Diocesan News

McCarren Park Statue of Slain Polish Priest, Martyr Defaced

On left, statue of Polish Catholic priest, Blessed Jerzy Popiełuszko, in Brooklyn’s McCarren Park. Right, the statue was trashed by vandals, authorities said Wednesday. (Photo: courtesy @NYPDHateCrimes/Twitter)

GREENPOINT — Bishop Nicholas DiMarzio described the vandalism to the statue of Father Jerzy Popiełuszko in McCarren Park Wednesday as a “despicable act” and a “hate crime.”

“It is disheartening to learn the statue of Father Jerzy Popieluszko, a man who devoted his life to the advancement of freedom and liberty, has been vandalized once again,” Bishop DiMarzio said in a statement. 

The statue was found covered in garbage around its base with a large plastic trash bag placed over the slain priest’s head. The words “No Polish” were also scrawled on the stone, authorities said.

“This statue has long stood in Greenpoint’s McCarren Park in tribute to a Polish priest who is revered by Catholics and the Polish community for his courage and leadership in championing peaceful resistance to communism,” DiMarzio continued. “I definitely consider this despicable act to be a hate crime and would encourage the NYPD to classify it as such.”

The NYPD launched an investigation May 6 into the vandalism of the statue that memorialized Blessed Jerzy Popiełuszko, who was murdered in 1984 in retaliation for his work in support of Poland’s Solidarity movement. The priest was declared a martyr in 2009 by Pope emeritus Benedict XVI and beatified in 2010.

“We are very aware of the significance to the @NYPD94Pct Polish community,” the NYPD Hate Crime Task Force tweeted on May 5.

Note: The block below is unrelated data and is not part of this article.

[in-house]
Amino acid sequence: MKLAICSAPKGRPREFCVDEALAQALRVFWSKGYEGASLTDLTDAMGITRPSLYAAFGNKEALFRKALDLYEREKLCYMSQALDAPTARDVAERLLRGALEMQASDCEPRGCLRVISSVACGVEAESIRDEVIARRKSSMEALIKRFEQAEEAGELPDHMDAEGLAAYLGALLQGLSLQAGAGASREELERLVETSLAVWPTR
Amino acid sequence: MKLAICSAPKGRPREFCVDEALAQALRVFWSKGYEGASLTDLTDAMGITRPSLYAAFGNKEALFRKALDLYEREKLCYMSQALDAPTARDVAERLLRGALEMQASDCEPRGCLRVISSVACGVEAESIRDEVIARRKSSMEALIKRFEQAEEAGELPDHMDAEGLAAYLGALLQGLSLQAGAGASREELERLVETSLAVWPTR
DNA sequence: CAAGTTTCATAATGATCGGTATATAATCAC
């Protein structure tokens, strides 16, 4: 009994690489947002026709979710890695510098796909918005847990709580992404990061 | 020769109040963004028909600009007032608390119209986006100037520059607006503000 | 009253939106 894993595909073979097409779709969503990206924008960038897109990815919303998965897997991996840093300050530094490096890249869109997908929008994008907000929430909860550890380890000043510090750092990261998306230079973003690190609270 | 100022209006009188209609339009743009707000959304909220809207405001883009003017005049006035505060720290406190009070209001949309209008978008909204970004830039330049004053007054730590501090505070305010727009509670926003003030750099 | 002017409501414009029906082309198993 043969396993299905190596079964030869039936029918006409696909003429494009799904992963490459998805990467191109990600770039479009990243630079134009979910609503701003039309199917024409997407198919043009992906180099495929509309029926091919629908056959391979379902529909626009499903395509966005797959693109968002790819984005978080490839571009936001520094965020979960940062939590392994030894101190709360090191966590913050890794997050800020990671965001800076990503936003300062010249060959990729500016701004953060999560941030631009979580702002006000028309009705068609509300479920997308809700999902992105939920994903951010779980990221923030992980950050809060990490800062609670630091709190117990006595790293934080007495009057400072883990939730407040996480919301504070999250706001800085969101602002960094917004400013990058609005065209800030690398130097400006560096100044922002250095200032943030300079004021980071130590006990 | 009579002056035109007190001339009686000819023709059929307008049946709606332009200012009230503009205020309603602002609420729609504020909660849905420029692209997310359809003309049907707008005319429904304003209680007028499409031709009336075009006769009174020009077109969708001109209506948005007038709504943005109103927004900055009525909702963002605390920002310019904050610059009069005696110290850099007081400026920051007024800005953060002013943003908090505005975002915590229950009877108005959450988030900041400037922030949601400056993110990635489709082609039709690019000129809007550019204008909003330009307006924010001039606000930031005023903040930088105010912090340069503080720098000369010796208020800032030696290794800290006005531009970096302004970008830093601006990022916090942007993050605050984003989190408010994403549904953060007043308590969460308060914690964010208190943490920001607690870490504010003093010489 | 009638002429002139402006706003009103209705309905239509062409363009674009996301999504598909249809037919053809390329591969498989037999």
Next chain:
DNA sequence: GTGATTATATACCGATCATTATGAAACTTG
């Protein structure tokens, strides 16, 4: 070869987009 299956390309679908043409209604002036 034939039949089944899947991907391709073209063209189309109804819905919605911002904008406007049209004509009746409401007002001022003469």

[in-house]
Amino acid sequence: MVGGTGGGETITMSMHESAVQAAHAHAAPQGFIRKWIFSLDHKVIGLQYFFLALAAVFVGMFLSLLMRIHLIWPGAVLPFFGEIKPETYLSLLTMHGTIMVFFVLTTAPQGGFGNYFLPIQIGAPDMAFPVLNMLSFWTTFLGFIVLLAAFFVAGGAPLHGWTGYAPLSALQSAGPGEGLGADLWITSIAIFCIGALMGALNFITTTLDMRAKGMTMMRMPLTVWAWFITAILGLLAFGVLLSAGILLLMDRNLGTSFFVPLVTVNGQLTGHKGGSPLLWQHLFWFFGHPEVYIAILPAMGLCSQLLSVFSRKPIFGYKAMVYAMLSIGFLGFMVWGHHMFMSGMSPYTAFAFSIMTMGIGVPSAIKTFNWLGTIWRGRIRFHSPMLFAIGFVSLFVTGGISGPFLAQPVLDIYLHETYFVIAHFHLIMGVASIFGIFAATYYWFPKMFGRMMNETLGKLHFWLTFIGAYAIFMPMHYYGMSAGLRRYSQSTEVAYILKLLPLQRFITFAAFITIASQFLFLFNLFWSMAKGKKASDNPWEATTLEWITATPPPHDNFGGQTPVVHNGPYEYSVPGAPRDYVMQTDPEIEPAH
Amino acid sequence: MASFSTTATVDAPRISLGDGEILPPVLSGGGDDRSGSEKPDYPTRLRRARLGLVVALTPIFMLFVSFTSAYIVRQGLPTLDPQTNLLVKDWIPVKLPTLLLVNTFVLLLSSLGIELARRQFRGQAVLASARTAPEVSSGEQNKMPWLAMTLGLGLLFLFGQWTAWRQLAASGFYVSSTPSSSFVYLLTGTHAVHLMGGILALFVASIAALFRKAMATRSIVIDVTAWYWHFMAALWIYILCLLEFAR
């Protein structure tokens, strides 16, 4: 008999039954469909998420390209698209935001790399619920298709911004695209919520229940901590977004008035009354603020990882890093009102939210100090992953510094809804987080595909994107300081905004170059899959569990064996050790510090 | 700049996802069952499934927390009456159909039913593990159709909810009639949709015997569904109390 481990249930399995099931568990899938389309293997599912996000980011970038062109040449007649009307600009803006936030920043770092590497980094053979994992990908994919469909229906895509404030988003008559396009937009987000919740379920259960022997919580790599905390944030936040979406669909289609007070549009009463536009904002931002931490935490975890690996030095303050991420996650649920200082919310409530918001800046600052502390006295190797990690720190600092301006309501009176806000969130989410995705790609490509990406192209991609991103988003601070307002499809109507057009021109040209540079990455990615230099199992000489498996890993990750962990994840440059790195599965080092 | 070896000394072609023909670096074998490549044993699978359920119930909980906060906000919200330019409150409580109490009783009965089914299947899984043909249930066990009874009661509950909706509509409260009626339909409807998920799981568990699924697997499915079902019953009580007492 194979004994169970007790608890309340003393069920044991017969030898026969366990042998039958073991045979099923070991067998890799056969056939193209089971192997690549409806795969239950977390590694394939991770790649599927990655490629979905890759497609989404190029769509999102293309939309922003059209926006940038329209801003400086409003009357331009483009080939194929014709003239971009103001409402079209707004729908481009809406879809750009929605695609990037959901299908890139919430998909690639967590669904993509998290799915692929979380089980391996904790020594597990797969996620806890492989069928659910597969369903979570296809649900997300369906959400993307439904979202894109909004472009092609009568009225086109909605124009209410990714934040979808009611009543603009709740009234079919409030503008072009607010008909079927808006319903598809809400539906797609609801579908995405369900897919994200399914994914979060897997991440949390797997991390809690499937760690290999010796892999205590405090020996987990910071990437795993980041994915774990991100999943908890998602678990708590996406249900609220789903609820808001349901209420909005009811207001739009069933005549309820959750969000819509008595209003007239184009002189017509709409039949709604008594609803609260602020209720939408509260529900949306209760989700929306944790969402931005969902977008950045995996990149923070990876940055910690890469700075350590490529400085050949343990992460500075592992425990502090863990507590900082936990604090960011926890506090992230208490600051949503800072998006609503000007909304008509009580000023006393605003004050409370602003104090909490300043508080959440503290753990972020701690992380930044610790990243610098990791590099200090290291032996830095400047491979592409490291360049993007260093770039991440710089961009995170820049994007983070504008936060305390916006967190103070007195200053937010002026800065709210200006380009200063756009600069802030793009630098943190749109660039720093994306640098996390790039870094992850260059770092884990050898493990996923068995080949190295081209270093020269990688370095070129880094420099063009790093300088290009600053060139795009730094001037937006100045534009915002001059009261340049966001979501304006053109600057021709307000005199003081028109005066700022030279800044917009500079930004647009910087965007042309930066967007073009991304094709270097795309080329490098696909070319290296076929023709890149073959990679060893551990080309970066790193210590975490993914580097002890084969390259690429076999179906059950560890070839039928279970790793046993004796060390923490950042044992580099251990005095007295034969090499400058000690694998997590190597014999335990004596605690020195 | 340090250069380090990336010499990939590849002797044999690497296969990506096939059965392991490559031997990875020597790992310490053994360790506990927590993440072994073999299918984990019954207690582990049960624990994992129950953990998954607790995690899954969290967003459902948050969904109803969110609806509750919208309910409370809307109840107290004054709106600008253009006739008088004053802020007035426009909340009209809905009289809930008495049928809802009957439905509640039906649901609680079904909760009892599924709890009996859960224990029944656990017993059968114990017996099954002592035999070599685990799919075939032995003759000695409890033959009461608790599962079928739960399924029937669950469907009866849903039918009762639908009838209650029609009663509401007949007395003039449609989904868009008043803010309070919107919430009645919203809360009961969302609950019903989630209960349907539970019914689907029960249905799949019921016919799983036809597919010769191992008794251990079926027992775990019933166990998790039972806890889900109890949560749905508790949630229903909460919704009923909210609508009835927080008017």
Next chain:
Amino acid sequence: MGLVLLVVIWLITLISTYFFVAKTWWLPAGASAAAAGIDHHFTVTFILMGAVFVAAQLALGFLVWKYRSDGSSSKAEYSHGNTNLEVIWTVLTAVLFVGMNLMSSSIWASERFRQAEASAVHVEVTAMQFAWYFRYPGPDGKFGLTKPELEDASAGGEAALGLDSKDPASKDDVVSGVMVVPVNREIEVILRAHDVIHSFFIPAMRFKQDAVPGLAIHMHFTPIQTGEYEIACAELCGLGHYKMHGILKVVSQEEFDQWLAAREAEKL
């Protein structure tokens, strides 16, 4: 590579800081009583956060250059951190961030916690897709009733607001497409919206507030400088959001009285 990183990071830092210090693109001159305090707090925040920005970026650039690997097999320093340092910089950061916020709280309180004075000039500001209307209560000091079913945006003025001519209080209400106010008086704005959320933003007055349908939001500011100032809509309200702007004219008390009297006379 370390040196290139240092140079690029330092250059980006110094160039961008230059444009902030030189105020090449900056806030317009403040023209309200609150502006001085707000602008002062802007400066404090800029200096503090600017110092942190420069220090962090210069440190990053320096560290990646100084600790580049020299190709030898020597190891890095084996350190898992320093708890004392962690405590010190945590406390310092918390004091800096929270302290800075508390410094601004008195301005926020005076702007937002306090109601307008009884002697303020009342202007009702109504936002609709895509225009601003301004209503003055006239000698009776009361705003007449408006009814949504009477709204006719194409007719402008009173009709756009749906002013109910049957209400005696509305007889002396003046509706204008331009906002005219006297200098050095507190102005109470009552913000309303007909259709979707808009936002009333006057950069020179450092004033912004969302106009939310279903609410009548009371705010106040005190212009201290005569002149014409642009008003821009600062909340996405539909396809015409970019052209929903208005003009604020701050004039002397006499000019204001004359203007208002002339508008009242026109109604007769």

Father Popiełuszko was considered a holy man dedicated to God’s people not only by Bishop DiMarzio, who once visited his grave in Poland and also has a first-class relic of the priest, but also to one of the Diocese of Brooklyn’s Polish bishops.

Auxiliary Bishop Witold Mroziewski has said Father Popiełuszko was an inspiration to him during his formative years in the priesthood. The year before the bishop joined the seminary, he participated in Father Popiełuszko’s funeral Mass. 

“He fought for the truth,” the bishop told The Tablet in 2015. “He said that the truth will make you free — like Pope John Paul II. We grew up on those sentences.”

At the age of 37, Father Popiełuszko was kidnapped and beaten to death in Poland as a freedom fighter within the country’s solidarity movement during the then-communist regime. He spread his message of nonviolence throughout Europe and also served as a chaplain to the Polish trade union that opposed the communist government. Three men in the Polish secret service were convicted of his murder.

The NYPD is asking anyone with information to call 1-800-577-TIPS (8477).

This story will continue to be updated.